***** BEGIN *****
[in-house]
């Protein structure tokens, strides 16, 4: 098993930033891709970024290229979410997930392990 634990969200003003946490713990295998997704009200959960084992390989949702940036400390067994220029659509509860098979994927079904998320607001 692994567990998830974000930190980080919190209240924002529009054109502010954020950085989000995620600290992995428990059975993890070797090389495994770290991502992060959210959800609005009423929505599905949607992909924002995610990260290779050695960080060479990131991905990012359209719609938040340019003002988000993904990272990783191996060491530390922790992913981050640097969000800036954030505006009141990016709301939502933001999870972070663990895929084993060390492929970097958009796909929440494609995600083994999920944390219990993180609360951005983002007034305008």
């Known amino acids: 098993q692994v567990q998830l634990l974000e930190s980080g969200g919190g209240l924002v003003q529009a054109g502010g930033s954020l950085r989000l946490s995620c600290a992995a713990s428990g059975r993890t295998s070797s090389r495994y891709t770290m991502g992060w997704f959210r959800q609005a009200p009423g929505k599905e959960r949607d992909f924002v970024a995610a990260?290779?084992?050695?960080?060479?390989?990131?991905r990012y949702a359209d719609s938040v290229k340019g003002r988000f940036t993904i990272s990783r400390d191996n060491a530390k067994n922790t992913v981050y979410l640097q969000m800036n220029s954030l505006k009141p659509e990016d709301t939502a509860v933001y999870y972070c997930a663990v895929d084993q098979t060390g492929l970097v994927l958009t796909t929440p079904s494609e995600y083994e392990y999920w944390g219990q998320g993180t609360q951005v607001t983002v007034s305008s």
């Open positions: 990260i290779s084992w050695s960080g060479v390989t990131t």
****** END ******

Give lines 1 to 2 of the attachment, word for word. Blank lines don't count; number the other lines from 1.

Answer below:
[in-house]
């Protein structure tokens, strides 16, 4: 098993930033891709970024290229979410997930392990 634990969200003003946490713990295998997704009200959960084992390989949702940036400390067994220029659509509860098979994927079904998320607001 692994567990998830974000930190980080919190209240924002529009054109502010954020950085989000995620600290992995428990059975993890070797090389495994770290991502992060959210959800609005009423929505599905949607992909924002995610990260290779050695960080060479990131991905990012359209719609938040340019003002988000993904990272990783191996060491530390922790992913981050640097969000800036954030505006009141990016709301939502933001999870972070663990895929084993060390492929970097958009796909929440494609995600083994999920944390219990993180609360951005983002007034305008």